Breast milk is widely acknowledged as the best source of nutrition for newborns. For a variety of reasons, however, some mothers choose to give their babies infant formula. Let’s compare these two options.
Breast milk, complete and optimal for baby
Breast milk is currently recognized as the milk of choice for infants. Here is why:
- Breast milk contains all the essential nutrients babies need (except vitamin D).
- The composition of breast milk adapts to baby’s needs (it changes during a feeding and throughout the day).
- It is easily digestible.
- It is always ready.
- Its components regulate energy metabolism and promote the development of the digestive and immune systems (breast milk contains antibodies that babies require for protection against infections, viruses, parasites and allergies).
While breastfeeding is a natural process, it does not always come easily. It is a skill that needs to be learned, and both mother and child generally require a period of adjustment. During that time, support from an outside source (e.g. a nurse, breastfeeding coach, lactation specialist, pediatrician), may be useful. Ask the staff at your CLSC: they should have a list of resources available in your community.
Infant formula, the alternative to breast milk
For various reasons – insufficient lactation, latching problems, return to the workplace, personal values, etc. – many mothers decide to feed their babies infant formula. Some of them formula-feed exclusively, while others opt for mixed feeding (a combination of breast milk and formula). According to Health Canada, “If an infant is not breastfed, or is partially breastfed, commercial formulas are the most acceptable alternative to breast milk.”
You’ll find a wide range of infant formulas available today. Here is an overview of products you’ll find on store shelves.
Standard infant formulas
For healthy, full-term babies, standard infant formulas sold over the counter (in pharmacies, for example) are considered a good option. Approved by Health Canada, infant formulas comply with rigorous standards of quality and composition. As a result, they are specifically designed to meet the basic nutritional needs of infants – as opposed to regular cow’s, goat’s or soy milk.
Standard infant formulas contain the essential nutrients for infant growth (proteins, carbohydrates, calcium, vitamins and minerals.
For several years now, consumers have also been able to find on the market formulas that are supplemented with omega-3 and omega-6 fatty acids. These play a significant role in brain and vision development.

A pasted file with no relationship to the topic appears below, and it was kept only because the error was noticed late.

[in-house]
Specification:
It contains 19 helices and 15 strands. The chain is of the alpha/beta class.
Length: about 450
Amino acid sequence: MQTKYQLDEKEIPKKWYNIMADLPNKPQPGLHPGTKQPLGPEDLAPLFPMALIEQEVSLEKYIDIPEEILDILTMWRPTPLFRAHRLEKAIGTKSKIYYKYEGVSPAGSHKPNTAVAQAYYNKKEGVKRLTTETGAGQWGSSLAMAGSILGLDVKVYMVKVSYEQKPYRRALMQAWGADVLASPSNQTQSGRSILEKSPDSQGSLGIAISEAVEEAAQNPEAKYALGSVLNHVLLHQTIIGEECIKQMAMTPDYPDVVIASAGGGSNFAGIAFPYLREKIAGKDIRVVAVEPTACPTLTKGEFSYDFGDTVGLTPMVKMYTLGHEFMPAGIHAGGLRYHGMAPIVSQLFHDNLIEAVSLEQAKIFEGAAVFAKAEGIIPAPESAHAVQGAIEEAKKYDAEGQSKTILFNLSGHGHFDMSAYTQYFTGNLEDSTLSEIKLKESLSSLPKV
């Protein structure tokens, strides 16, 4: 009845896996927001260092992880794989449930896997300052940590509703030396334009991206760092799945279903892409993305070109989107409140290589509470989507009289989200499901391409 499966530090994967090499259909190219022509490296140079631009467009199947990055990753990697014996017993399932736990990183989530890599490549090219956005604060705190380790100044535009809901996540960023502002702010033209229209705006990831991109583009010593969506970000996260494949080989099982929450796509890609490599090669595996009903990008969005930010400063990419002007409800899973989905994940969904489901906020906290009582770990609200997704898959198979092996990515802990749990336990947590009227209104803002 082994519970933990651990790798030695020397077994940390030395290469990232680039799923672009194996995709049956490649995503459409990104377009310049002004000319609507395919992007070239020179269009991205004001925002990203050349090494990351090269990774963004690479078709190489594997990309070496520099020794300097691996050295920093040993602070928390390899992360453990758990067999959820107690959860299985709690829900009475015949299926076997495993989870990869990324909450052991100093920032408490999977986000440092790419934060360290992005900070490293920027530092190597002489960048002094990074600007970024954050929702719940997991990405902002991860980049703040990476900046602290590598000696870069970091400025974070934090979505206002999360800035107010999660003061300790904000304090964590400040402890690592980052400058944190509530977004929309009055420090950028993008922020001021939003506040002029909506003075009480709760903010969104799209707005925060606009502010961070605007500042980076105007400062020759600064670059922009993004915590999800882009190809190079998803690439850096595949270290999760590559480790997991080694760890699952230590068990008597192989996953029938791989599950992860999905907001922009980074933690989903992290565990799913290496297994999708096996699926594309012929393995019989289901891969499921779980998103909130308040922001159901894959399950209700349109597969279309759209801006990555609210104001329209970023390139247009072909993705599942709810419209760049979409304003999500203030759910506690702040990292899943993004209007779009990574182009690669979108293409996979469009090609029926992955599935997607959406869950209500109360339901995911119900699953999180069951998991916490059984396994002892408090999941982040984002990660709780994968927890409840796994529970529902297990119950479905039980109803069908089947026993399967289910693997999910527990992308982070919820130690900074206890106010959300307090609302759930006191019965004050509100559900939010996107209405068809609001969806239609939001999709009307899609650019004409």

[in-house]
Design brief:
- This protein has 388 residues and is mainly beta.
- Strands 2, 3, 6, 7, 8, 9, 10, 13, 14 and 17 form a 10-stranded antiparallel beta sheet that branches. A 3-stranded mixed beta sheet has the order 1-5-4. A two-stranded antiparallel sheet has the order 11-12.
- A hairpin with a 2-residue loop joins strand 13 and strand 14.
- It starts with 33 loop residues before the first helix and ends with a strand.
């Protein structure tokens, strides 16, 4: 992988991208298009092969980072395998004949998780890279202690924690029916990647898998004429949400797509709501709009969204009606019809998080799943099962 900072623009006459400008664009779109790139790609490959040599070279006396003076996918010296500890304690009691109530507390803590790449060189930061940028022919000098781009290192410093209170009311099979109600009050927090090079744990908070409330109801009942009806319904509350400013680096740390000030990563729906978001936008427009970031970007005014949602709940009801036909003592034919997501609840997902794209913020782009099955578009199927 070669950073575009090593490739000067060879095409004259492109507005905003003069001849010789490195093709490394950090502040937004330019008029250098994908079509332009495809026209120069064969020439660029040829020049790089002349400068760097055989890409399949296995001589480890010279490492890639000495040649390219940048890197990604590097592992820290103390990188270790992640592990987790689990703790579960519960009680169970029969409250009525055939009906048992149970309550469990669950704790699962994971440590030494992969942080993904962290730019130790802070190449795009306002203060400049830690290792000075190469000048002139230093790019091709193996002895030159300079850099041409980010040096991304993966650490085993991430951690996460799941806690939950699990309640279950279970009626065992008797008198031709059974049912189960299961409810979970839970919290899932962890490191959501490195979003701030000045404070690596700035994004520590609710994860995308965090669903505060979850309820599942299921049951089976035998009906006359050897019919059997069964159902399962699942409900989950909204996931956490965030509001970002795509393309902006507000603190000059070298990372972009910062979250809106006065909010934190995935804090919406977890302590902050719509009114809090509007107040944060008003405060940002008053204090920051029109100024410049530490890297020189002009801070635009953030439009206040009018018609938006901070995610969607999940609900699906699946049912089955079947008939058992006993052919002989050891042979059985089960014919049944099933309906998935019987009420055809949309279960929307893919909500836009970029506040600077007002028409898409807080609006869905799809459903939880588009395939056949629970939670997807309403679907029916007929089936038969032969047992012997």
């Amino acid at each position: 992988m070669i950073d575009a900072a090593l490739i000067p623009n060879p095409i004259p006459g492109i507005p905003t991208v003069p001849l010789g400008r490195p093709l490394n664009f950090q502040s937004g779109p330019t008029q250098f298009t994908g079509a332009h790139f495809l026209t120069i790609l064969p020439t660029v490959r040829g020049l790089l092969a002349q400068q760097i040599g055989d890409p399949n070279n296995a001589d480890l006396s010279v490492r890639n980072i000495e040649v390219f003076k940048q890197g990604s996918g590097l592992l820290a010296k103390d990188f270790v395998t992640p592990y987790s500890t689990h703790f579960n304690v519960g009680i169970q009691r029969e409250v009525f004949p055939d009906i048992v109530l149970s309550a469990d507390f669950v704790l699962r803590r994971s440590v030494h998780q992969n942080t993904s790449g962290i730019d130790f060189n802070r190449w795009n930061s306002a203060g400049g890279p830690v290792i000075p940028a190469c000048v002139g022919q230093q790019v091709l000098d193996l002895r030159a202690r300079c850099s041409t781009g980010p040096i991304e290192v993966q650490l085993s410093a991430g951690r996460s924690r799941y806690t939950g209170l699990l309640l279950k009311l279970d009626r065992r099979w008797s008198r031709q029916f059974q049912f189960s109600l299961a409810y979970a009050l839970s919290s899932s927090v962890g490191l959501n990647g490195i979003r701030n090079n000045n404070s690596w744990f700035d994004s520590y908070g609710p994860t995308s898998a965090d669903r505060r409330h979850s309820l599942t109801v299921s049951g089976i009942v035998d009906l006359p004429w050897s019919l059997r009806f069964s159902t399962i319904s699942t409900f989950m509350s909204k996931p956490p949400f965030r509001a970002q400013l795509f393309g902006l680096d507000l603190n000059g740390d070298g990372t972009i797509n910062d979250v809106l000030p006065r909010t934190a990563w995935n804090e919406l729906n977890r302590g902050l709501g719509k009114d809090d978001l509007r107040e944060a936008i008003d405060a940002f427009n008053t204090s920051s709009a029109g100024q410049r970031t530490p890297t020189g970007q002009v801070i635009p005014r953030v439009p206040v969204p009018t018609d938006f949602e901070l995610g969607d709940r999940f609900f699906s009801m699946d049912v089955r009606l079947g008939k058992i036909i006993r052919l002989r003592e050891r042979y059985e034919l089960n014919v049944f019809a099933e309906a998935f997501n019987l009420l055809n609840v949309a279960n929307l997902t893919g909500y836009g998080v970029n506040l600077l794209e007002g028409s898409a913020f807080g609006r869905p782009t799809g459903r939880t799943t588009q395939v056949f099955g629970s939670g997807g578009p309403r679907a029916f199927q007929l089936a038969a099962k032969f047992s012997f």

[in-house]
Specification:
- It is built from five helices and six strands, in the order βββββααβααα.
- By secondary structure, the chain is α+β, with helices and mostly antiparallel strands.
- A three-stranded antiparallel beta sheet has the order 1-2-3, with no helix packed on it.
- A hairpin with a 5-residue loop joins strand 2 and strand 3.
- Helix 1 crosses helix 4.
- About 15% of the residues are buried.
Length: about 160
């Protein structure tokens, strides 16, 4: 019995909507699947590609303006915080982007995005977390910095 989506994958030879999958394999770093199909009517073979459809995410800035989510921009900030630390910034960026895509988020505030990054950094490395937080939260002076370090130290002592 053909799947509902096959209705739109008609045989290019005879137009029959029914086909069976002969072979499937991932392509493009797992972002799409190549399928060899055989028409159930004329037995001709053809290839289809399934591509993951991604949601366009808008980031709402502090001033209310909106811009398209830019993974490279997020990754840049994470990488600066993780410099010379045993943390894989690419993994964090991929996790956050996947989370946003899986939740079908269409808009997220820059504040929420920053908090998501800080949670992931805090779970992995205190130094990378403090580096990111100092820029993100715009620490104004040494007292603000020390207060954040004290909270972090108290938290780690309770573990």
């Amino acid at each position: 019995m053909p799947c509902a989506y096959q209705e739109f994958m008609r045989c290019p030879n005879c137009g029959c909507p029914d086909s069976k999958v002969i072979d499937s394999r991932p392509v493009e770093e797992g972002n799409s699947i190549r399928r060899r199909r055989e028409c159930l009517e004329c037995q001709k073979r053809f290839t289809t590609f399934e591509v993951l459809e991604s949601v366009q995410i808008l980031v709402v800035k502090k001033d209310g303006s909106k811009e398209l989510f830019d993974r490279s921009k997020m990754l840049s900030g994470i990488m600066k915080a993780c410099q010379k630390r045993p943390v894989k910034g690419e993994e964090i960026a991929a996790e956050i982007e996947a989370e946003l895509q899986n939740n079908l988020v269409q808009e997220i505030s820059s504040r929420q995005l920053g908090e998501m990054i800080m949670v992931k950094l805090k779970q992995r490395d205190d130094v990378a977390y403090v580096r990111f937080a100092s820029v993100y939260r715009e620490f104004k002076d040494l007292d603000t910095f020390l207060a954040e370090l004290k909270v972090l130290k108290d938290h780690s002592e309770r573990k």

Standard infant formulas come in three forms:
- Powdered (mixing powdered formula requires special care, since the risk of contamination is greater; that is why it is not recommended for premature babies, whose immune systems are weaker);
- Concentrate (liquid; simply dilute with boiled water);
- Ready-to-feed (very handy, but relatively expensive).
Iron-enriched infant formulas
According to Health Canada, “the nutrient content of iron-fortified infant formulas is designed to meet the nutritional needs of healthy term infants until 9 to 12 months of age.” Iron is added to help prevent iron deficiency anemia.
Along with Health Canada, the Canadian Paediatric Society and the Dietitians of Canada also currently recommend iron-enriched formulas until the age of 9 to 12 months.
Good to know!
Cow’s milk is not suitable for infants under 9 months of age. It contains excess protein and mineral salts and not enough lactose, linoleic acid, vitamins, copper, magnesium and iron.
Specialized formulas and therapeutic formulas
You can also find specialized infant formulas, for example lactose-free or soy-based products for babies suffering from food intolerances or allergies. If you need more information about these, ask your paediatrician or pharmacist. Therapeutic formulas are also available by prescription for infants unable to tolerate regular products (due to regurgitation, stomach pain, etc.).
Need advice about breastfeeding or infant formulas? Consult your pharmacist for expert advice!